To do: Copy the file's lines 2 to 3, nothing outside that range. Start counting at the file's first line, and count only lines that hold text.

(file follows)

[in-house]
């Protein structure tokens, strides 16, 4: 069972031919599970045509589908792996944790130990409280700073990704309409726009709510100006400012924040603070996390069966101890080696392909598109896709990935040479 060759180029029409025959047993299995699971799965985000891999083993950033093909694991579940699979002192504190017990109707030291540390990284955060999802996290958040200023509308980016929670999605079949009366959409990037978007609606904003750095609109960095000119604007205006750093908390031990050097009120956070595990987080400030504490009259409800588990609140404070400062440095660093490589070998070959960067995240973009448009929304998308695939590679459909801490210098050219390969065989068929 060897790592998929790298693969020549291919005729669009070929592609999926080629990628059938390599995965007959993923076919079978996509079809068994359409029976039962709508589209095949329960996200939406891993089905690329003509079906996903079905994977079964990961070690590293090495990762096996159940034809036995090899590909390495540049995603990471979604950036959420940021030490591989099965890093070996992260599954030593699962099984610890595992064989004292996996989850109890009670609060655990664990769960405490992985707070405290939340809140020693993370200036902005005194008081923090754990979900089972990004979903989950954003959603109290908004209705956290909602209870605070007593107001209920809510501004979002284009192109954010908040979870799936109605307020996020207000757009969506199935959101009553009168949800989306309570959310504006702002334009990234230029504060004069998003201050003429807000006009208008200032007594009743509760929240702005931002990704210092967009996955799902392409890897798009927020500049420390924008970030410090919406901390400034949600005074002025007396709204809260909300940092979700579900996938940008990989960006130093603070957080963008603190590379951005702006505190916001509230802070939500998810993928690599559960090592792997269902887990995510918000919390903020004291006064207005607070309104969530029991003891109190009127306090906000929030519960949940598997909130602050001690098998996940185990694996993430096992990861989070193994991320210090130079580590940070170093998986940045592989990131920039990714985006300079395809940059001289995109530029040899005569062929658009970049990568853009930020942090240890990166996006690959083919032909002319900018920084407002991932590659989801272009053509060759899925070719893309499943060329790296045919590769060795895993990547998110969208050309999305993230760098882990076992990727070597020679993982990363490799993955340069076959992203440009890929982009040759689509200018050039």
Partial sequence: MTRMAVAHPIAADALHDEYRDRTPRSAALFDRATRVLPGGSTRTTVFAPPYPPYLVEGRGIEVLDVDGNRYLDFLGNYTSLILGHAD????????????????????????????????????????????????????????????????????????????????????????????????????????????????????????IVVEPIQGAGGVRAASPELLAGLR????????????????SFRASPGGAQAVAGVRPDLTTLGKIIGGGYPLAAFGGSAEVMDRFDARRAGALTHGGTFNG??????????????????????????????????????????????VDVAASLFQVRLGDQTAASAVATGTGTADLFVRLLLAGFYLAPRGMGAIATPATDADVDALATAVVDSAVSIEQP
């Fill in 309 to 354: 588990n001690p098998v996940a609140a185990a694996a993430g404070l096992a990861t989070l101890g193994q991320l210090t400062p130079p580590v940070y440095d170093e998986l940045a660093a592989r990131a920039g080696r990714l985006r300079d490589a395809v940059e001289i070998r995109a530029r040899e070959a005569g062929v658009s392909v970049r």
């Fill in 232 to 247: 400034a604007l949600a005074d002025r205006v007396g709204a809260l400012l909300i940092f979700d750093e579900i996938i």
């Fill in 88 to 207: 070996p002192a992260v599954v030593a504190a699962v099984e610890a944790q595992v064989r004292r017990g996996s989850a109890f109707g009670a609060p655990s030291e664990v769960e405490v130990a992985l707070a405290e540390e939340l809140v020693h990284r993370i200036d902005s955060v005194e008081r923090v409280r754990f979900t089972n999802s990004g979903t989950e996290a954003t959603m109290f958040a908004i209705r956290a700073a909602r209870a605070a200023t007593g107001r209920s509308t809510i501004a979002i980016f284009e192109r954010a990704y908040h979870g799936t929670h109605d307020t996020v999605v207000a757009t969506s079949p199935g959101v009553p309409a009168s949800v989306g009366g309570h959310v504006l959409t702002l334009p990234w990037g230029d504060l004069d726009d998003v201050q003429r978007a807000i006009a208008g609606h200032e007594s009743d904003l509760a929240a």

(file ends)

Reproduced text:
């Protein structure tokens, strides 16, 4: 069972031919599970045509589908792996944790130990409280700073990704309409726009709510100006400012924040603070996390069966101890080696392909598109896709990935040479 060759180029029409025959047993299995699971799965985000891999083993950033093909694991579940699979002192504190017990109707030291540390990284955060999802996290958040200023509308980016929670999605079949009366959409990037978007609606904003750095609109960095000119604007205006750093908390031990050097009120956070595990987080400030504490009259409800588990609140404070400062440095660093490589070998070959960067995240973009448009929304998308695939590679459909801490210098050219390969065989068929 060897790592998929790298693969020549291919005729669009070929592609999926080629990628059938390599995965007959993923076919079978996509079809068994359409029976039962709508589209095949329960996200939406891993089905690329003509079906996903079905994977079964990961070690590293090495990762096996159940034809036995090899590909390495540049995603990471979604950036959420940021030490591989099965890093070996992260599954030593699962099984610890595992064989004292996996989850109890009670609060655990664990769960405490992985707070405290939340809140020693993370200036902005005194008081923090754990979900089972990004979903989950954003959603109290908004209705956290909602209870605070007593107001209920809510501004979002284009192109954010908040979870799936109605307020996020207000757009969506199935959101009553009168949800989306309570959310504006702002334009990234230029504060004069998003201050003429807000006009208008200032007594009743509760929240702005931002990704210092967009996955799902392409890897798009927020500049420390924008970030410090919406901390400034949600005074002025007396709204809260909300940092979700579900996938940008990989960006130093603070957080963008603190590379951005702006505190916001509230802070939500998810993928690599559960090592792997269902887990995510918000919390903020004291006064207005607070309104969530029991003891109190009127306090906000929030519960949940598997909130602050001690098998996940185990694996993430096992990861989070193994991320210090130079580590940070170093998986940045592989990131920039990714985006300079395809940059001289995109530029040899005569062929658009970049990568853009930020942090240890990166996006690959083919032909002319900018920084407002991932590659989801272009053509060759899925070719893309499943060329790296045919590769060795895993990547998110969208050309999305993230760098882990076992990727070597020679993982990363490799993955340069076959992203440009890929982009040759689509200018050039």
Partial sequence: MTRMAVAHPIAADALHDEYRDRTPRSAALFDRATRVLPGGSTRTTVFAPPYPPYLVEGRGIEVLDVDGNRYLDFLGNYTSLILGHAD????????????????????????????????????????????????????????????????????????????????????????????????????????????????????????IVVEPIQGAGGVRAASPELLAGLR????????????????SFRASPGGAQAVAGVRPDLTTLGKIIGGGYPLAAFGGSAEVMDRFDARRAGALTHGGTFNG??????????????????????????????????????????????VDVAASLFQVRLGDQTAASAVATGTGTADLFVRLLLAGFYLAPRGMGAIATPATDADVDALATAVVDSAVSIEQP